Fugitive from US intelligence services emerges from hiding at Moscow airport and says he wants to be allowed to fly to Latin America
Edward Snowden, the 30-year-old wanted by American authorities for leaking information about classified US surveillance programs, predicted he would be seen in violation of the Espionage Act and that the “US government will say I aided our enemies”.
WikiLeaks says Snowden has applied to six new countries in his quest for asylum, bringing the total approached worldwide up to 27
The 12-nation Unasur bloc meeting as regional leaders express anger over incident
Jordi Ruiz Cirera, 28, has won the Taylor Wessing Photographic Portrait Prize 2012 for his photograph of Bolivian woman who (only reluctantly) agreed to have her portrait taken.
Argentina's world class forwards were instrumental in a 2-1 away win over Chile last night that gave the visitors a three-point lead in the standings as the South American World Cup qualifying campaign takes a break until March.
Stopping Lionel Messi is the primary concern of South American teams facing Argentina in the World Cup qualifiers. This week it is Uruguay's turn.
Butch Cassidy, the Wild West bandit and leader of the Wild Bunch gang, did not die in a shootout 1908 in Bolivia as popularly believed but survived and lived the rest of his days in Washington state, according to a book collector and a writer.
The apparent serenity of these two women, dressed in traditional Bolivian attire, offers no hint as to the scripted violence about to be unleashed.
Teenage striker Joel Campbell shone as Costa Rica's second string team beat nine-man Bolivia 2-0 to push hosts and tournament favourites Argentina into third place in Group A at the Copa America on Thursday.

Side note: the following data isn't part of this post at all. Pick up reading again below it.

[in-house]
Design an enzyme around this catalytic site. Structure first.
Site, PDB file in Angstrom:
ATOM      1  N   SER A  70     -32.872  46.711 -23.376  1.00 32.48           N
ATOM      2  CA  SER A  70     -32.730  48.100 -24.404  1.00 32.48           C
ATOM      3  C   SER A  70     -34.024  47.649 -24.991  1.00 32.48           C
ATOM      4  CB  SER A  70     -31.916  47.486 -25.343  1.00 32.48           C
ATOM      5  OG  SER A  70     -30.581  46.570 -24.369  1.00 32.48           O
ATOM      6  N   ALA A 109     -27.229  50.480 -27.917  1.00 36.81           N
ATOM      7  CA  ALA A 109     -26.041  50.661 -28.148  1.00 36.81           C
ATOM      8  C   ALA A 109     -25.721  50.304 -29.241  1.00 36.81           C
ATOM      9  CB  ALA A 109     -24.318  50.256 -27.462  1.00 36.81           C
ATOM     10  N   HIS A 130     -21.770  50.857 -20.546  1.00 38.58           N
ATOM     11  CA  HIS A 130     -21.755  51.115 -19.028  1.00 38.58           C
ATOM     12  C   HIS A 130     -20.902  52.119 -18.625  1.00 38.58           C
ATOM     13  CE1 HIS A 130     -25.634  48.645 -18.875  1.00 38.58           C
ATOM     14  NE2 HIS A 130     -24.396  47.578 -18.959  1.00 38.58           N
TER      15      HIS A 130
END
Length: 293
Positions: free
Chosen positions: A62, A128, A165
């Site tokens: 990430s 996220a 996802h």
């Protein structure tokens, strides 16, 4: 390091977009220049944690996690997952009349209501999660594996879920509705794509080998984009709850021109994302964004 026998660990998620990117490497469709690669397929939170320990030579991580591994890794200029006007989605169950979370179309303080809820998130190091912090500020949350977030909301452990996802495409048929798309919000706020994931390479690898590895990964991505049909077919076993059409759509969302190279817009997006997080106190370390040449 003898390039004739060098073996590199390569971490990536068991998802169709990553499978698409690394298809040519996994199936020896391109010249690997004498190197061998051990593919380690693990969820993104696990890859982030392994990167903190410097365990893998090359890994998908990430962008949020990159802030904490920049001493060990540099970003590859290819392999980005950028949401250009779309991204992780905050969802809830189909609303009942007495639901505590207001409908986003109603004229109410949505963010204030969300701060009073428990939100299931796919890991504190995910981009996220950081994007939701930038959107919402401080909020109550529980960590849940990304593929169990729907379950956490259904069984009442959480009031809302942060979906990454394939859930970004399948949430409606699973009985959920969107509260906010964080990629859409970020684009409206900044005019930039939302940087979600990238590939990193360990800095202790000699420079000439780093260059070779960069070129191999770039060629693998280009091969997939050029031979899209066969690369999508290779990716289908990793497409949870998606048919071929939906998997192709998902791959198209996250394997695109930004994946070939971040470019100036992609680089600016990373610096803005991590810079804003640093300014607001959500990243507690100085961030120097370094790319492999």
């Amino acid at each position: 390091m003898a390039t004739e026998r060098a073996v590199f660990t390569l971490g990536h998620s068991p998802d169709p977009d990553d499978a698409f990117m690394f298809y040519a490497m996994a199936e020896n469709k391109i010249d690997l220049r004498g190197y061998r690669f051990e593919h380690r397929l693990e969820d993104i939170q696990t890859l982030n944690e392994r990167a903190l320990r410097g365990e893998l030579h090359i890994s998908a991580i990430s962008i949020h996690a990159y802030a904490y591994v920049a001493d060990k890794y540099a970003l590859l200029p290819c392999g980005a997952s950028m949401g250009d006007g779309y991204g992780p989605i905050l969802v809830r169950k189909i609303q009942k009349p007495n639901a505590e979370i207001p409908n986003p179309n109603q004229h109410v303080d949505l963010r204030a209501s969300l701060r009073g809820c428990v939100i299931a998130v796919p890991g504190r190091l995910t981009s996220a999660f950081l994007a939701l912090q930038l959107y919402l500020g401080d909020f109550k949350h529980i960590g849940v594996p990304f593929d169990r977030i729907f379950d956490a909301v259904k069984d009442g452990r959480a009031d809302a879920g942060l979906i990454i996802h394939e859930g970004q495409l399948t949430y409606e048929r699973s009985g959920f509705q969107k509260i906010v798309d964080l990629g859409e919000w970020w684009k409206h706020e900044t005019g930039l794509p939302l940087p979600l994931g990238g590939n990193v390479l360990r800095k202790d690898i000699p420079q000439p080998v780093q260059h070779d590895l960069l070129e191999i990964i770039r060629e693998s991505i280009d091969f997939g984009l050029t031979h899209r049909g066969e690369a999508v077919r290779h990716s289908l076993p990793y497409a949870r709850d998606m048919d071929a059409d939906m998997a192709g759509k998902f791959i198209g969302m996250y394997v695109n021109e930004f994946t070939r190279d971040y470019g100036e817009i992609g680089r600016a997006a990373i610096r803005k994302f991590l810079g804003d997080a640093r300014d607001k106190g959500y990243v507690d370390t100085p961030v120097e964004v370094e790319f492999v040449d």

The group stages of the Copa America, with only four of the 12 teams being eliminated, were supposed to be a glorified non-event, a chance for the big guns to ease themselves into the tournament and jockey for the easiest route to the final.
As commodities giant Glencore floats, Stephen Foley digs into the controversial network that will soon be backed by UK pension funds
Many outside her native Bolivia may never have heard the name Lidia Gueiler. But women politicians such as Hillary Clinton or Sarah Palin might still like to emulate her as their nation's first female president. Although it was for just eight months in 1979-80 – between two of her nation's traditional coups d'état – Gueiler became only the second female president in the western hemisphere. That was five years after Argentina's Isabel Peró* broke the masculine mould, though she was not averse to playing the grieving-widow card on the back of her late husband Juan Perón's popularity.
Action man who's worth investigating
Quinoa is hailed as a 'superfood' in the West. But those who grow it can no longer afford it